While all of these processes allowed for artificial color to be added to film after it had been printed, in 1908, a short film became the first to be shot in natural color. George Albert Smith, a filmmaker from Brighton on the southern coast of England, released an eight-minute short film called "A Visit To The Seaside" (via ACMI). The film captured color using a process called Kinemacolor, which used red and green filters in front of both the camera and projector that alternated and showed color around subjects that were moving. According to Studio Binder, the first non-documentary feature length film shot in color is "The World, the Flesh and the Devil" from 1914. This film also used Kinemacolor but unfortunately, it is now considered a lost film.

Kinemacolor soon gave way to a new process that became much more well-known and widely accepted: Technicolor. While Kinemacolor was a major advancement, its use of only red and green limited the color spectrum it could achieve. Technicolor developed ways of splitting the beam of light that entered the camera into three parts, using an optical cube. According to Britannica, this allowed the camera to capture three beams: one for reds, blues, and greens. Each color was on its own strip of film, which was then exposed, and dipped in the appropriate dyes. All three were then combined, which produced a full-color image.

Technicolor in the 1930s

Work on the Technicolor process started in the 1910s, but it wasn't until 1932 that the company that developed the trade-marked process (which was also called Technicolor) figured out a way to produce films that didn't require theaters to be outfitted with specialized equipment (via Studio Binder). The first film to be released using Technicolor's fourth version of the process was debuted in Walt Disney's Silly Symphony cartoon "Flowers and Trees." Prior to the short's release, Disney signed a two-year deal with Technicolor that gave his studio exclusivity to the process when used for animated shorts. It was still an expensive procedure, given the films needed to be shot on Technicolor's patented cameras.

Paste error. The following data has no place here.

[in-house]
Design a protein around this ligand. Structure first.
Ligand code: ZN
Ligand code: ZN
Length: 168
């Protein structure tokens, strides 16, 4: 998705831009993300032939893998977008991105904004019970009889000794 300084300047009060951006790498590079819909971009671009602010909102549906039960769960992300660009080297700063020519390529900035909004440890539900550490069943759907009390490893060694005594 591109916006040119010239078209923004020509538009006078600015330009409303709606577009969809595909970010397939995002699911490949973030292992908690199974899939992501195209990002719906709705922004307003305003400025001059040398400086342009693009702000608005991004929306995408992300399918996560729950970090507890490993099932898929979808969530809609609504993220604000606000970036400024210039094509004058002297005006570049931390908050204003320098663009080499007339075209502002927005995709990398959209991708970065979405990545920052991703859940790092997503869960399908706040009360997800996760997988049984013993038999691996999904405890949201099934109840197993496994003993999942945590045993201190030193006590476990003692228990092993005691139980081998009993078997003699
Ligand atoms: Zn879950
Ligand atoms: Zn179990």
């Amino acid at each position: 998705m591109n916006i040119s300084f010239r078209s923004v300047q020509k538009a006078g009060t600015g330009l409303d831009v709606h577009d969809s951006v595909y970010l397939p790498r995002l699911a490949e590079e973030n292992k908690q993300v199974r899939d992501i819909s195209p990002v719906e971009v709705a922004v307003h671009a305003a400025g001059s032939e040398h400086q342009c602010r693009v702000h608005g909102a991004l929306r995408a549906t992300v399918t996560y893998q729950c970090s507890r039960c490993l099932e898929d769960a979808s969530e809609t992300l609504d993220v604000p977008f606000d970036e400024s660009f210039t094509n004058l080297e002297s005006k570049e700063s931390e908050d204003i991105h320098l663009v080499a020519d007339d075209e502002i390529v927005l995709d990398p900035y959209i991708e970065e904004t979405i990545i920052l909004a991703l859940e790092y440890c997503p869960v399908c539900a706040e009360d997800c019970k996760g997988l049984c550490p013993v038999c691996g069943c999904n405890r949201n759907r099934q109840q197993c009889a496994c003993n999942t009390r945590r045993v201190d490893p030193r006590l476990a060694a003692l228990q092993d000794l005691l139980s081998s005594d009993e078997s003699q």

By 1939, other big-budget films had been released using Technicolor, including Walt Disney's "Snow White" in 1937 and "The Adventures of Robin Hood" in 1938. In 1939, "Gone with the Wind" also used the technology, but "The Wizard of Oz" — which was released the same year — had a breakthrough of its own.

The Wizard of Oz's use of color

By now, it should be abundantly clear that "The Wizard of Oz" was not the first color film ever produced; rather, it was the first to use color as a storytelling device. Sure, older films used the process to let the viewer know if a scene was supposed to be taking place at night, but "The Wizard of Oz" directors Victor Fleming and King Vidor used sepia tones for scenes at the beginning and end of the film that were supposed to take place in Kansas. However, the film makes a transition to bright, vibrant colors upon Dorothy's arrival in the land of Oz (via Nashville Film Institute).

Some decision were made based on the best ways to use the Technicolor technology. For instance, the ruby slippers, one of the most iconic costume pieces in film history, were originally silver in the novel, but it was determined that the deep red color would look better on screen. They were right. However, Technicolor added another element of discomfort to the notoriously dangerous production: The powerful stage lights required to best capture Technicolor images sometimes made the temperature inside the soundstage as high as 100 degrees Fahrenheit.